Thank god Salvatore Catalano has moved his restaurant to the more accessible district of River Valley. Version 2.0 retains the unfussy décor of its Chu Lin outlet and scores full marks for its warm hospitality. Its menu is a straightforward affair, filled with familiar Italian standards like prosciutto e melone; veal in tuna sauce; as well as house specialties such as the angel hair pasta with crabmeat and cherry tomatoes. Definitely one of the better mid-priced Italian restaurants in town.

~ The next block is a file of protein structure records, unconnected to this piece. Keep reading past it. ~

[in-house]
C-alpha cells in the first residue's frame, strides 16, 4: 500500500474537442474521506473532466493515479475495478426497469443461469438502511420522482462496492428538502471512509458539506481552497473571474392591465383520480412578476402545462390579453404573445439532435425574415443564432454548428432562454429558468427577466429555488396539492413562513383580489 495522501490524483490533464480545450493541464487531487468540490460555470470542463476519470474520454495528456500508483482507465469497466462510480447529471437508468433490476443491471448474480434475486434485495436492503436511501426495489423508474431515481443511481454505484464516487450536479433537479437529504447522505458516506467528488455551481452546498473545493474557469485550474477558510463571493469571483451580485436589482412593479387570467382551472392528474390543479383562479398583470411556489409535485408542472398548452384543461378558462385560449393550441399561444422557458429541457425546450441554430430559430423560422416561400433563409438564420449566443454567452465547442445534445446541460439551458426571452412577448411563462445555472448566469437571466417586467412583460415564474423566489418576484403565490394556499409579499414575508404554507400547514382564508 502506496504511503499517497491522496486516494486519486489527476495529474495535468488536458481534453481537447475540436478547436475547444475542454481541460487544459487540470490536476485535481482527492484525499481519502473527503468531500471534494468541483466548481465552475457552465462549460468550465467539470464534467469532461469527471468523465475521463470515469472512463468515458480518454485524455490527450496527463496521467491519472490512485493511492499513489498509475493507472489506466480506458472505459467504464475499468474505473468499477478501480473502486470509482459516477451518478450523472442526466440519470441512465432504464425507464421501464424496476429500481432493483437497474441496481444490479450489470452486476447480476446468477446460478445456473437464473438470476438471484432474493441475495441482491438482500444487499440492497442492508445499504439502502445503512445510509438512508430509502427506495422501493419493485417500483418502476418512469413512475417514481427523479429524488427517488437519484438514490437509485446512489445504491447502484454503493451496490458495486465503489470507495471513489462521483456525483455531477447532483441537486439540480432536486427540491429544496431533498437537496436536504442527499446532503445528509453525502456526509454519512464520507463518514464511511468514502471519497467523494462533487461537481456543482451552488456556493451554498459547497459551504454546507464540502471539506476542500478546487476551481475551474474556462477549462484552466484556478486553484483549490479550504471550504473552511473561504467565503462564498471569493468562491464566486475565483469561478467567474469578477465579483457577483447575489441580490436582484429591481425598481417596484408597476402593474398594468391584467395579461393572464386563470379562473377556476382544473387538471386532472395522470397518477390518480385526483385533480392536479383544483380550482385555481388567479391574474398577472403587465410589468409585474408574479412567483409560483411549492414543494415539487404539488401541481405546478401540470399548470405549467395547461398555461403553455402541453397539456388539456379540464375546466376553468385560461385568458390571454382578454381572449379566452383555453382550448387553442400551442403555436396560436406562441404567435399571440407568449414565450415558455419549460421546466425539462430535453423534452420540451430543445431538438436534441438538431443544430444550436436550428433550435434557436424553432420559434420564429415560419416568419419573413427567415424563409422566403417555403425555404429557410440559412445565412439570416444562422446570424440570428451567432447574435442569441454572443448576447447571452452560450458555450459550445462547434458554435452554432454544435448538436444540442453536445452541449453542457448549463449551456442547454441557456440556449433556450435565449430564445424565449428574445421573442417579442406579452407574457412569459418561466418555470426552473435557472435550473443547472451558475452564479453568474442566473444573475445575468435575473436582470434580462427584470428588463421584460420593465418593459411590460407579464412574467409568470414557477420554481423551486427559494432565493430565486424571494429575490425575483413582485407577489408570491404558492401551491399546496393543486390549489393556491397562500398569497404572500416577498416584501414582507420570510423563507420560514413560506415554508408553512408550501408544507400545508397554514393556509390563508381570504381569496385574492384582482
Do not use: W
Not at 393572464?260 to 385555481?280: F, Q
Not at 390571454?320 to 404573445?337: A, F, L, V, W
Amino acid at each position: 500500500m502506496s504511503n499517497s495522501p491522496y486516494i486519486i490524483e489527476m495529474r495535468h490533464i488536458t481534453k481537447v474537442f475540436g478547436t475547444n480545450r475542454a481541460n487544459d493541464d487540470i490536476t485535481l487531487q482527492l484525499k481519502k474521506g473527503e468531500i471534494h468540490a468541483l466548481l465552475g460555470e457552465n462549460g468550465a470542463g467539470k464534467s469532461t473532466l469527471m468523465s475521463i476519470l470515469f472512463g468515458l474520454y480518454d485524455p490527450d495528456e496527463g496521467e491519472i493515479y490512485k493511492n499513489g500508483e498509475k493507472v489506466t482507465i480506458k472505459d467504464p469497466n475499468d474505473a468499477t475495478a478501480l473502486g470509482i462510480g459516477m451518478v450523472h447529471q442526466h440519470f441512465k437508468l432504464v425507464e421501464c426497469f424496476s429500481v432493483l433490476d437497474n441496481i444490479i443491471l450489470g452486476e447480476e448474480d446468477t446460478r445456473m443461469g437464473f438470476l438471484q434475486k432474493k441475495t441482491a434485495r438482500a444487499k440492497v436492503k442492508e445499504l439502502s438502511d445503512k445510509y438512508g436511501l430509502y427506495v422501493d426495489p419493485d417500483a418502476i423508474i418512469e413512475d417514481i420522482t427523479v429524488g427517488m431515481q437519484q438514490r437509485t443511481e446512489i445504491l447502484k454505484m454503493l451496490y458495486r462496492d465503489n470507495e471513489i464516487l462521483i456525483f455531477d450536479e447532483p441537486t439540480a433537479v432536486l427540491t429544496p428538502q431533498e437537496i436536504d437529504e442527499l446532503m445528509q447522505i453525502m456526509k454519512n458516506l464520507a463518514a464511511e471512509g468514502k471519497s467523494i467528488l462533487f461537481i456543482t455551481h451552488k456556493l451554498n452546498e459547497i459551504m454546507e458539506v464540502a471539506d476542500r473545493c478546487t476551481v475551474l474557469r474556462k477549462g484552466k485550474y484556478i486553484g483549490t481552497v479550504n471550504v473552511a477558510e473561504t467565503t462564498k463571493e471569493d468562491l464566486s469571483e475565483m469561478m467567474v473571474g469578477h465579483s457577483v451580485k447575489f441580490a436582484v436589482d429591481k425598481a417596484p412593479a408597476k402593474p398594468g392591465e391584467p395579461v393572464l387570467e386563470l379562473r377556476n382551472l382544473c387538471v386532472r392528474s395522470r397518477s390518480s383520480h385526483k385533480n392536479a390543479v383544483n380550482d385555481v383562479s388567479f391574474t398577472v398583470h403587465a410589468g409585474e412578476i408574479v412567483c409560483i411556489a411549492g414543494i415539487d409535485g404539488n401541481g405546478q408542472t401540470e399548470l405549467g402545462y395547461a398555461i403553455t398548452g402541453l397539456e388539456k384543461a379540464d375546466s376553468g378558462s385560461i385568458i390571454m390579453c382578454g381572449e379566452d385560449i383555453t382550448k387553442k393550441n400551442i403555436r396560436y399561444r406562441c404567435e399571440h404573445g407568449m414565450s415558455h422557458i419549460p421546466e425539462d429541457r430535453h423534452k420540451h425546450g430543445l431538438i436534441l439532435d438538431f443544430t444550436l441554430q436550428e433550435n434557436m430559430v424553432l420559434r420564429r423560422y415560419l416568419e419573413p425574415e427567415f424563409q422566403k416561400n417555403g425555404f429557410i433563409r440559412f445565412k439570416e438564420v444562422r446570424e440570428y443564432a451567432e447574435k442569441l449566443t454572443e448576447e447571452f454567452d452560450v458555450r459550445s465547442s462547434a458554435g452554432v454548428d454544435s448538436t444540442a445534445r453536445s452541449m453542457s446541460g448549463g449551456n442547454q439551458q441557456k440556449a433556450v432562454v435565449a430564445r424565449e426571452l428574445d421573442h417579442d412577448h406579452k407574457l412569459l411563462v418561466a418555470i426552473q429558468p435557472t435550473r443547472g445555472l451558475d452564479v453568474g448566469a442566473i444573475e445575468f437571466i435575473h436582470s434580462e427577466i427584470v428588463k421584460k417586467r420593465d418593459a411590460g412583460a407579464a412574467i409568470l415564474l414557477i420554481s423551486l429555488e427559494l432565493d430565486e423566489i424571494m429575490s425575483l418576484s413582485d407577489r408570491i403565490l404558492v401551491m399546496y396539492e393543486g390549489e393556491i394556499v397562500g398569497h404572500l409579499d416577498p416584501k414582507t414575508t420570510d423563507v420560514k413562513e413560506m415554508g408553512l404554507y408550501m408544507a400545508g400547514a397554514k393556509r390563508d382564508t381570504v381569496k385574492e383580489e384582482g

Salvatore Catalano (of the now defunct Papi) raised eyebrows when he opened La Noce in the culinary boondocks of Chu Lin Road in 2007. But that didn’t deter his fans from expanding their carbon footprint to visit his piccolo bambino. Well, distance is no longer an issue now that Catalano has opened another outlet in the considerably more accessible River Valley district. But just because it’s located at a more fashionable zipcode doesn’t mean that La Noce has lost any of its simple charm. Version 2.0 retains the unfussy décor of its Chu Lin outlet (which is now reserved for private functions) and scores full marks for its warm, genial hospitality. Its menu is a straightforward affair, filled with familiar Italian standards and generous portions. Every wedge of melon in our order of prosciutto e melone—which was fantastic, by the way—came draped with a thick curtain of parma ham (which had been aged 18 months, no less). The veal in tuna sauce was a robustly flavored dish and came with a generous lashing of sauce (though note that the tuna-infused mayonnaise may be a bit of an acquired taste for some). La Noce has a varied selection of pizzas, and if you’re having trouble making up your mind, you can ask the chef to do a half and half, which is what we did. We got the prosciutto e funghi and di parma, which was a hit with everyone at the table. We liked that there was some chew to the crust, and quite frankly, you can’t go wrong with anything that has parma ham on it here. Our favorite dish was the recommended capellini con polpa di granchio (angel hair pasta with crabmeat and cherry tomatoes in extra virgin olive oil), a nuanced, full-bodied dish which saw the acidity of the cherry tomatoes providing a sharp counterbalance to the sweetness of the crab. Compared to this, the rigatoni all’anatra (rigatoni pasta with duck ragout) can get a bit monotonous after awhile, especially if you’re not a fan of hearty cream sauces. We had space for only one dessert and opted for the la noce soufflé, which is really a molten chocolate cake rather than a soufflé but hey, if you’re the sort who likes your desserts rich and chocolatey, you really won’t have any problems with it as ours oozed chocolate like a Saudi Arabian oil well. We’ll definitely be back because La Noce has a three-course set lunch menu that we’re dying to try—where else can you get such fab Italian food and in town, no less?